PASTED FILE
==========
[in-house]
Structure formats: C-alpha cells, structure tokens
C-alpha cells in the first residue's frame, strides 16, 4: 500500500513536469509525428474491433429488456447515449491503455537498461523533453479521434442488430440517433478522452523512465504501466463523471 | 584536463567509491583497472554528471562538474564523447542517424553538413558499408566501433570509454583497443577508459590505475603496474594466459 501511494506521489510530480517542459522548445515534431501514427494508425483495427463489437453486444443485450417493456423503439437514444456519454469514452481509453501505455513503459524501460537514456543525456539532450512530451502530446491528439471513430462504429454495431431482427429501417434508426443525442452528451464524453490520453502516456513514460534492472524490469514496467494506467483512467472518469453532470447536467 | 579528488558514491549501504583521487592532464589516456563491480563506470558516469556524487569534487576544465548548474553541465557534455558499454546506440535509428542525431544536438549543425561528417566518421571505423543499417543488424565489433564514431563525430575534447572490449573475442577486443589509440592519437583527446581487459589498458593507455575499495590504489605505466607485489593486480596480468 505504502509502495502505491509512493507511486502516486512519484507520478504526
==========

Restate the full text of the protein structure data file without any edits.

[in-house]
Structure formats: C-alpha cells, structure tokens
C-alpha cells in the first residue's frame, strides 16, 4: 500500500513536469509525428474491433429488456447515449491503455537498461523533453479521434442488430440517433478522452523512465504501466463523471 | 584536463567509491583497472554528471562538474564523447542517424553538413558499408566501433570509454583497443577508459590505475603496474594466459 501511494506521489510530480517542459522548445515534431501514427494508425483495427463489437453486444443485450417493456423503439437514444456519454469514452481509453501505455513503459524501460537514456543525456539532450512530451502530446491528439471513430462504429454495431431482427429501417434508426443525442452528451464524453490520453502516456513514460534492472524490469514496467494506467483512467472518469453532470447536467 | 579528488558514491549501504583521487592532464589516456563491480563506470558516469556524487569534487576544465548548474553541465557534455558499454546506440535509428542525431544536438549543425561528417566518421571505423543499417543488424565489433564514431563525430575534447572490449573475442577486443589509440592519437583527446581487459589498458593507455575499495590504489605505466607485489593486480596480468 505504502509502495502505491509512493507511486502516486512519484507520478504526